Because there are many different kinds of anemia with different treatments, it’s best to follow your baby’s healthcare provider’s advice on how to treat your baby's anemia. Do not give your baby with vitamins, supplements, or any other over-the-counter medication without first getting your provider’s OK. To treat your baby’s anemia, the healthcare provider may recommend medications, dietary restrictions, or supplements. If the anemia is due to a lack of iron, the provider may prescribe a medication for iron in liquid drop form. The provider may want to see your baby periodically to check her iron levels. It's important that she’s getting just the right amount of iron supplementation and not too much. Do not stop giving your baby the iron medicine unless your provider has told you it’s no longer needed. If it’s determined that your baby’s anemia is due to a blood cell disorder like hemolytic anemia, sickle cell anemia, or thalassemia, your baby’s provider may recommend you take your baby to a hematologist, a doctor who specializes in blood conditions. If your newborn was born prematurely or if your baby is very ill, in some cases your little one’s healthcare provider may recommend a blood transfusion to treat the anemia.

When you contact the healthcare provider or take your baby in for an examination, be sure to mention any signs and symptoms of anemia you've observed, and if there is a family history of anemia or problems with bleeding.

How Do You Prevent Anemia in Babies?

Not all types of anemia can be prevented, especially those that are due to genetic conditions such as sickle cell anemia or thalassemia. However, anemia due to an iron deficiency or another nutritional deficiency can be prevented by adhering to a well-balanced diet. Here are some ways that you may be able to prevent nutritional anemia in your baby:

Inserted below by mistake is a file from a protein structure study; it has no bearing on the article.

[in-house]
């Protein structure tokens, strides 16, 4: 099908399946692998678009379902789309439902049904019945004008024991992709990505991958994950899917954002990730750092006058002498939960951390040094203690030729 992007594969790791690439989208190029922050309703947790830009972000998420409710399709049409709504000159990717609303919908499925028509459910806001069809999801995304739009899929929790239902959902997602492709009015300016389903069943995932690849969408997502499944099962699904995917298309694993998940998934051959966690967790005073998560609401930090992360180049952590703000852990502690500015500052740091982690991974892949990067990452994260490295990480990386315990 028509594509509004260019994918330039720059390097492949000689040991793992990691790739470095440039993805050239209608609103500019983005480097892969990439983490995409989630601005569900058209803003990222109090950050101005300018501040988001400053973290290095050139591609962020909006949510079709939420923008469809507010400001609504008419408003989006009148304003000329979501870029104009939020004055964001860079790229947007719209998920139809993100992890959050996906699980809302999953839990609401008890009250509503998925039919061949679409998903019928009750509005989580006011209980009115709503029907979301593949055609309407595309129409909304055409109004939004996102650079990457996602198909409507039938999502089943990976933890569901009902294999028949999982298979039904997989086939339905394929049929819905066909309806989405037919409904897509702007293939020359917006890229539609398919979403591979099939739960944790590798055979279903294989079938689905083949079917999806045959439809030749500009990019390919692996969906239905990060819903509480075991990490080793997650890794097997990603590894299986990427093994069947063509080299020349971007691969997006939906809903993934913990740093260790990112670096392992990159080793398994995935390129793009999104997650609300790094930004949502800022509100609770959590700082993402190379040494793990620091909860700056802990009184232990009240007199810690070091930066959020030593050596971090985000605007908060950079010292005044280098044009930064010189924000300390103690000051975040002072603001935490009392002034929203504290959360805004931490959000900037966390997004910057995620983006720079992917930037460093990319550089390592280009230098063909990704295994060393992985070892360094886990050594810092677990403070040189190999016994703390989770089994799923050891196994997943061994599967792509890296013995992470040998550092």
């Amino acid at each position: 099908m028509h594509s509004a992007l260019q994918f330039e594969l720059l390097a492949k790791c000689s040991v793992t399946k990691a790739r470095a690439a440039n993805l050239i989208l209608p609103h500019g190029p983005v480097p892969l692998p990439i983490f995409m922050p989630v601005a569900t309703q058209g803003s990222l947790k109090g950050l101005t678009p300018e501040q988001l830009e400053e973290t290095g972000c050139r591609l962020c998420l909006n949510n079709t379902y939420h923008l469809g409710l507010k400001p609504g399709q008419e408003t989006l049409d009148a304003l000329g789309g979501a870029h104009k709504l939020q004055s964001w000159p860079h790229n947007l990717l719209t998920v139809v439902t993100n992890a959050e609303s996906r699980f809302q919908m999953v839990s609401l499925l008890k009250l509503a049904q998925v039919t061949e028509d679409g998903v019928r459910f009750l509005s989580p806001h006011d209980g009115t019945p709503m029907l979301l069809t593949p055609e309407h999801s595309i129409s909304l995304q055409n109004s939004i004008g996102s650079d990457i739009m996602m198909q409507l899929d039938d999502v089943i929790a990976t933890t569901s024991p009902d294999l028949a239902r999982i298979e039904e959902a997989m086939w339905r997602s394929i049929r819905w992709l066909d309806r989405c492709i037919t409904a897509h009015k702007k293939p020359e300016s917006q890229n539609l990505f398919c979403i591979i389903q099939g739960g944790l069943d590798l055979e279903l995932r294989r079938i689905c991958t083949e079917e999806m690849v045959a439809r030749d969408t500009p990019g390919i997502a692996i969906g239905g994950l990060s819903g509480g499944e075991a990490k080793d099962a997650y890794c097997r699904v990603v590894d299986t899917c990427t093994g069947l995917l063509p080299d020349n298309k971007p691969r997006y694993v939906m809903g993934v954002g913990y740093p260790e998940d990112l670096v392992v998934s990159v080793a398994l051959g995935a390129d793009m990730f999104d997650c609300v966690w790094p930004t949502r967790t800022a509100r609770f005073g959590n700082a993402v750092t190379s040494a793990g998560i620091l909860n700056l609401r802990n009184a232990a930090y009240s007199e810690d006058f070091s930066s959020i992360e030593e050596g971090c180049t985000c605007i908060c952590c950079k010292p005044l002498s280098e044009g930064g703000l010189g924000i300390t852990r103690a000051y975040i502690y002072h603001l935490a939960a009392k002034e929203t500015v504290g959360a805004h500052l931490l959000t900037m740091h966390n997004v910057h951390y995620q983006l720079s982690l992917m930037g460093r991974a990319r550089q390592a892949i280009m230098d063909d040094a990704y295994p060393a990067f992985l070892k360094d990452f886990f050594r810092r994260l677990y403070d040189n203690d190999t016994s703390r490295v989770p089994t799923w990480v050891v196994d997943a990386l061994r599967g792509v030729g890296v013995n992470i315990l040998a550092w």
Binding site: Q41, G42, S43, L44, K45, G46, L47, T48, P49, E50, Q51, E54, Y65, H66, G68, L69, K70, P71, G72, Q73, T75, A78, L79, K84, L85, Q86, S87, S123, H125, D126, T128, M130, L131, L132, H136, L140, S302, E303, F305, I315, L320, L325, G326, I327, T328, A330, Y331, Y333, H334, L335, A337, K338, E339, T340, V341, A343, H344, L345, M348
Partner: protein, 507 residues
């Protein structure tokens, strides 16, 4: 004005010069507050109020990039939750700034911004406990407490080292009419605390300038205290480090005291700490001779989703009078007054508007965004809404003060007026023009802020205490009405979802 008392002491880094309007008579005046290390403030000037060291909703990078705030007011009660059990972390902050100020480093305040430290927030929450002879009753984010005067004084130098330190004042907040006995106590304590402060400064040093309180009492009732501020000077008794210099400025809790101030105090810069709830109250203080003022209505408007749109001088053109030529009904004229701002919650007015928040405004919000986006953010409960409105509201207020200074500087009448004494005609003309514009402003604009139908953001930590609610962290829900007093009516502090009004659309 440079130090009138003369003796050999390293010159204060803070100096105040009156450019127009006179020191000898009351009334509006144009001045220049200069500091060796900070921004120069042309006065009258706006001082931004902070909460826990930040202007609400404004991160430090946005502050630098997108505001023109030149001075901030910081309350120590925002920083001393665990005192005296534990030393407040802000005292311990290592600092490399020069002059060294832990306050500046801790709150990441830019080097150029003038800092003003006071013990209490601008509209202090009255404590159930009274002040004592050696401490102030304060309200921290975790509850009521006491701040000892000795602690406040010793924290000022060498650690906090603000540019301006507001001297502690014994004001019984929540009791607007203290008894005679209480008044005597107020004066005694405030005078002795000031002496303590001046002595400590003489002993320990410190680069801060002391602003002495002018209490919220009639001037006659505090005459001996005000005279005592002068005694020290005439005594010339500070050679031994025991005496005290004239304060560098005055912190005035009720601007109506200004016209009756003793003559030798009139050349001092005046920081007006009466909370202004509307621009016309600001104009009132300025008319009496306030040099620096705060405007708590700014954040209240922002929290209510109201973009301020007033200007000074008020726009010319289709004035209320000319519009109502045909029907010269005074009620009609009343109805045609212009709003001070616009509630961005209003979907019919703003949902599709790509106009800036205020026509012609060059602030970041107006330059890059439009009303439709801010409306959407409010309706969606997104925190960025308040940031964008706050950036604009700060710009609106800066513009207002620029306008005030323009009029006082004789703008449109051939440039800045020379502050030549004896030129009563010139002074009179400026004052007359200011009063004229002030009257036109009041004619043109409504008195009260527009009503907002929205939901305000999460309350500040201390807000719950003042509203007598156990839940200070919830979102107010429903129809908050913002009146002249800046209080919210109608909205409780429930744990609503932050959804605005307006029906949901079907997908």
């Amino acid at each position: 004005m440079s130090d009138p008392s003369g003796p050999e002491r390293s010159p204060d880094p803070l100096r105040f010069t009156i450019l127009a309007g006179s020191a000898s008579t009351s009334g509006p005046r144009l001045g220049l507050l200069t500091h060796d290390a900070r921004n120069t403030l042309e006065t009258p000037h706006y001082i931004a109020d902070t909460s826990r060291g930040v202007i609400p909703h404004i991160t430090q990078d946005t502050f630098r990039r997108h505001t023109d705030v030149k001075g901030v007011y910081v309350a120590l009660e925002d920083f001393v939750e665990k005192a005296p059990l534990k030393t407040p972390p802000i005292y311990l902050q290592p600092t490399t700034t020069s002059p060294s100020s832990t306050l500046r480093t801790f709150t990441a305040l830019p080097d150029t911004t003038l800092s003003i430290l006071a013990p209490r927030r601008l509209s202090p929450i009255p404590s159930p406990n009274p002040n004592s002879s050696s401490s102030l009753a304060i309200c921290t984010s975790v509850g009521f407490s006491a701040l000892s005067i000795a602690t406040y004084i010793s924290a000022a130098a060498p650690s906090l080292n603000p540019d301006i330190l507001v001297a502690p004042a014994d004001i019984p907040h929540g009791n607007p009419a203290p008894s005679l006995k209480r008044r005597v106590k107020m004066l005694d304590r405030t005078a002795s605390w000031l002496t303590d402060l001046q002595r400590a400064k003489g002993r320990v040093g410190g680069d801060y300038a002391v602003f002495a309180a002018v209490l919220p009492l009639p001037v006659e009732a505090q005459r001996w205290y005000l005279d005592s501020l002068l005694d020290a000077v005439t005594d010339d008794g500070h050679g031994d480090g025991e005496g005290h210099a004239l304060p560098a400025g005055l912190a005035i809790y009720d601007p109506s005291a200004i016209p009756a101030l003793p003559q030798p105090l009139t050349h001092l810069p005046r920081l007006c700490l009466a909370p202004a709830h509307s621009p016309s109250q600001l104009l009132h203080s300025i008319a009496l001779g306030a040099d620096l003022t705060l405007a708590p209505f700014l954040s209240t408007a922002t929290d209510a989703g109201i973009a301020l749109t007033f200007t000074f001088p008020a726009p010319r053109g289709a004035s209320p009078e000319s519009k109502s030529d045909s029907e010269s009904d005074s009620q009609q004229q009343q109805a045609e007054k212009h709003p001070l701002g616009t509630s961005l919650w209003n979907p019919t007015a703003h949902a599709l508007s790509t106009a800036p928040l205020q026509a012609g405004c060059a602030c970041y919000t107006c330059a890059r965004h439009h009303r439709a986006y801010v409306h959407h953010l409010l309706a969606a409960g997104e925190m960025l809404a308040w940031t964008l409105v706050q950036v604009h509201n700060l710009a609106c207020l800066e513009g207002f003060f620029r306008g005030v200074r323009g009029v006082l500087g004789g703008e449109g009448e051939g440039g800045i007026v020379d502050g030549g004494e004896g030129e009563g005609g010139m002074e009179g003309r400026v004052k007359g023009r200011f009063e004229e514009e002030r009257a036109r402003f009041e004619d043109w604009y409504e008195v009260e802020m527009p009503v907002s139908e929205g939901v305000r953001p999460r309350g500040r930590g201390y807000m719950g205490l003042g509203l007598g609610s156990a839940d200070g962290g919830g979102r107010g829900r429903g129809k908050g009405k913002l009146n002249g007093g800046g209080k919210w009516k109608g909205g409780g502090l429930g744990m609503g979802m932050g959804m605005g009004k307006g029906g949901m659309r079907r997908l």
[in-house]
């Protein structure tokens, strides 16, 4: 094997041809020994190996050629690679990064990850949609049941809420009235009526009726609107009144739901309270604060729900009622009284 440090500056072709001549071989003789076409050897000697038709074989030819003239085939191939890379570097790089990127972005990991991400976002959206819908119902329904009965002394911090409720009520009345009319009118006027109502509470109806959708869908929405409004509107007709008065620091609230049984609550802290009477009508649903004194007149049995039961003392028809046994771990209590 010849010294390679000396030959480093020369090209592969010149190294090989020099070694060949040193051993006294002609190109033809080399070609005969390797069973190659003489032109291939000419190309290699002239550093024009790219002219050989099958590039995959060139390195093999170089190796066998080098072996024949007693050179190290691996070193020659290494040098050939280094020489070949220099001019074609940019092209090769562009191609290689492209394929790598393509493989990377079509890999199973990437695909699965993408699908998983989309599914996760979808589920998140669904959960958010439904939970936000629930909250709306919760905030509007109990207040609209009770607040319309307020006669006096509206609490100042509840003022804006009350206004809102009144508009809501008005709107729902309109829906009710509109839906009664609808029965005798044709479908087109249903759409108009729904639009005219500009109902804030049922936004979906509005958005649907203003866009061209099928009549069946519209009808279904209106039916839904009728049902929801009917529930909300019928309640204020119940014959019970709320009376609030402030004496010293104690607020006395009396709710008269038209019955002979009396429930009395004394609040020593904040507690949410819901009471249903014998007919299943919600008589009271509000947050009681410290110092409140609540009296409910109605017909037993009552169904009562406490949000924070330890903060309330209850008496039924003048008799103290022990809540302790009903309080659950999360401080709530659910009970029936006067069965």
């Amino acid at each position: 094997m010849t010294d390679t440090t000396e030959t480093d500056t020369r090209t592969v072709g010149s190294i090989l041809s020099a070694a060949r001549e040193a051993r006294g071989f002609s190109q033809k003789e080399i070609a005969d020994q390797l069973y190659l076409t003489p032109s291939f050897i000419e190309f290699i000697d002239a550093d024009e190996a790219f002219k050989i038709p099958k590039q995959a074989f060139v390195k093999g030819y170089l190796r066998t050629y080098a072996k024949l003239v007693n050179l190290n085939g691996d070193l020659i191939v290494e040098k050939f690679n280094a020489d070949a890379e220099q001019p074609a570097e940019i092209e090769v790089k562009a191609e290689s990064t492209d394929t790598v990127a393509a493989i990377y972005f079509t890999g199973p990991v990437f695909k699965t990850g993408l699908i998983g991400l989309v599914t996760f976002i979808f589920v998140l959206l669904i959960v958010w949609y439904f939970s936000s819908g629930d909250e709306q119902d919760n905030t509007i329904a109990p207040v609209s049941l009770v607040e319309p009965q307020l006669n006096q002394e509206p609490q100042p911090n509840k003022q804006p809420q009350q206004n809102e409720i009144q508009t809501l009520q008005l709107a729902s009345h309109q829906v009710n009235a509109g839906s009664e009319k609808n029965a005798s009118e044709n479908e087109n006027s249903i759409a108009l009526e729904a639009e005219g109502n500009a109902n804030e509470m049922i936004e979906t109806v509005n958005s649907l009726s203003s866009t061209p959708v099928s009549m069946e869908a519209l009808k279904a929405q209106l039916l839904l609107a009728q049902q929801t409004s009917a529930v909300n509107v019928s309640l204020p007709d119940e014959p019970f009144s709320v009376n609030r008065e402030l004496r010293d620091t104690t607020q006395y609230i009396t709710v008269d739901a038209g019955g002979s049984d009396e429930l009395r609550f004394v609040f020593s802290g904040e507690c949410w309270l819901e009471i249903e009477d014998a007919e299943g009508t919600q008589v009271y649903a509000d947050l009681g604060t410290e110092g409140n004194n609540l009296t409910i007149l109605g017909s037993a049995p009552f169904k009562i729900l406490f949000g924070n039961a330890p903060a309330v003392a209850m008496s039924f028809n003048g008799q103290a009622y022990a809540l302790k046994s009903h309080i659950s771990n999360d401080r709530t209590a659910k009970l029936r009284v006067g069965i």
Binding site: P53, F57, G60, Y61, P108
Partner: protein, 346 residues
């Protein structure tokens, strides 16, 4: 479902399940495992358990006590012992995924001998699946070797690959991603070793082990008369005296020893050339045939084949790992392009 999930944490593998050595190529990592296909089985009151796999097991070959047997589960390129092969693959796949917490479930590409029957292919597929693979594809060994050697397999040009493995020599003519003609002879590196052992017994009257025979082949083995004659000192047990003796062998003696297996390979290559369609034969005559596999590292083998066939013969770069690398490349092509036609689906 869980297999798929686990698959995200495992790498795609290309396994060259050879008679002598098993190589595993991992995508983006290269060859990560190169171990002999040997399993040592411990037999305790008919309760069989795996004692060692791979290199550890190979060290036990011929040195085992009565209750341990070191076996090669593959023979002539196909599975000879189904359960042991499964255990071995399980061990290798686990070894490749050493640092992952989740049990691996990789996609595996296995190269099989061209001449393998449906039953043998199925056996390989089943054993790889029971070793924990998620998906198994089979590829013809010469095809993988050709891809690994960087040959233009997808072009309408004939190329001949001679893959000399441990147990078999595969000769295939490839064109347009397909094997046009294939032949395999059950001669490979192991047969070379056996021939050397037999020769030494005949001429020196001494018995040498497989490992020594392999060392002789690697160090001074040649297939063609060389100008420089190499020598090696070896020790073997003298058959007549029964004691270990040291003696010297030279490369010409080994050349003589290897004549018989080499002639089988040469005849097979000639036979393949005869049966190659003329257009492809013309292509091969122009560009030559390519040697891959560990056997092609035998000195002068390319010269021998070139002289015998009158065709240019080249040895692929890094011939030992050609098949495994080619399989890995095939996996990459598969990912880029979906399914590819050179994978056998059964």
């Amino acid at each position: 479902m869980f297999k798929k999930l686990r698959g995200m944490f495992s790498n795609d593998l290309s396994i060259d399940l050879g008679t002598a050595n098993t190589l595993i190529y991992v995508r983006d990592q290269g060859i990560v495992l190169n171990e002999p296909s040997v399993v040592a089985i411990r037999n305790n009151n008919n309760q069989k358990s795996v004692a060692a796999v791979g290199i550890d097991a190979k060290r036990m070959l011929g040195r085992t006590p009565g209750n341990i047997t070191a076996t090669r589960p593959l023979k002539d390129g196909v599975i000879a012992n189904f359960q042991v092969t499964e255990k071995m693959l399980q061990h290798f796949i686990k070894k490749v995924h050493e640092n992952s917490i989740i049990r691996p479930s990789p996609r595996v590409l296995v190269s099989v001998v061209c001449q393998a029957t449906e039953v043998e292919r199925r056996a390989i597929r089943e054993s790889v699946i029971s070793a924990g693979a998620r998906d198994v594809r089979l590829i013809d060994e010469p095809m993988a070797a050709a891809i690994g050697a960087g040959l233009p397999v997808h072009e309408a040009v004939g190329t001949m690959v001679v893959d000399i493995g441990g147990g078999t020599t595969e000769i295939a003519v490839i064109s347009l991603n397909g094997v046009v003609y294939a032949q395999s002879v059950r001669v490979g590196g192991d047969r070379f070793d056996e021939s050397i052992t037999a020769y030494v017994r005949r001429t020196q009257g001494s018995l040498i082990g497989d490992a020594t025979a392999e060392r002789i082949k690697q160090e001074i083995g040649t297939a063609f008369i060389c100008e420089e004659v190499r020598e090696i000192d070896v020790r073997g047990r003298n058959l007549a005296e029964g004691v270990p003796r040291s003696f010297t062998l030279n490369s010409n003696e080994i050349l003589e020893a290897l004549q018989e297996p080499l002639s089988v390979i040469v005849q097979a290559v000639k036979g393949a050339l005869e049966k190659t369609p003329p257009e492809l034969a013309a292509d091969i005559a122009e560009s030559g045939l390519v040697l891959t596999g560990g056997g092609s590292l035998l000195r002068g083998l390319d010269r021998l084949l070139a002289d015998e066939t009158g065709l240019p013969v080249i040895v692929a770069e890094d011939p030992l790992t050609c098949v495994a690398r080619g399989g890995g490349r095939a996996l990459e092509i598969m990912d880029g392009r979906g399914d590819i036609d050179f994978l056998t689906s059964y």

• Don’t give your baby cow’s milk until he is at least 12 months old.
  • If your baby is breastfed, your healthcare provider may start your baby on an iron supplement at about 4 months old, in most cases continuing supplementation until complementary solids have been introduced (at about 6 months) that are high in iron, such as iron-fortified cereals and pureed meats.
  • If your baby is formula-fed, choose a baby formula that has added iron. Avoid low-iron formula.
  • After your baby has turned 12 months old, feel free to introduce cow’s milk but don’t offer more than 2 cups per day. Milk is low in iron and anything more than that can cause your baby to feel full, and therefore less likely to eat iron-rich foods.
  • Once your baby is accustomed to eating solids, opt for a well-rounded diet for your baby, including iron-rich foods such as like red meat, egg yolks, potatoes, tomatoes, beans, dried fruit, and dark, leafy greens.
  • Include foods rich in vitamin C, as this vitamin helps with iron absorption. Foods high in vitamin C include citrus fruits, orange juice, peppers, tomatoes, spinach, and broccoli.

The Bottom Line

In most cases, anemia can be treated effectively either with changes in your little one’s diet or with medicine or supplements provided by his healthcare provider. If the anemia is due to a genetic condition, your baby’s healthcare provider can refer you to a specialist for treatment options. If you ever suspect your baby may be anemic and you’ve noticed some signs and symptoms of anemia, like lethargy or pale skin, consult your baby’s healthcare provider, who can run a simple blood test to check his hemoglobin levels. With a diagnosis in hand, your baby’s provider will be able to recommend the right course of action. Sooner than you know it, your baby will be back to the picture of health.

How We Wrote This Article

The information in this article is based on the expert advice found in trusted medical and government sources, such as the American Academy of Pediatrics and the American College of Obstetricians and Gynecologists. You can find a full list of sources used for this article below. The content on this page should not replace professional medical advice. Always consult medical professionals for full diagnosis and treatment.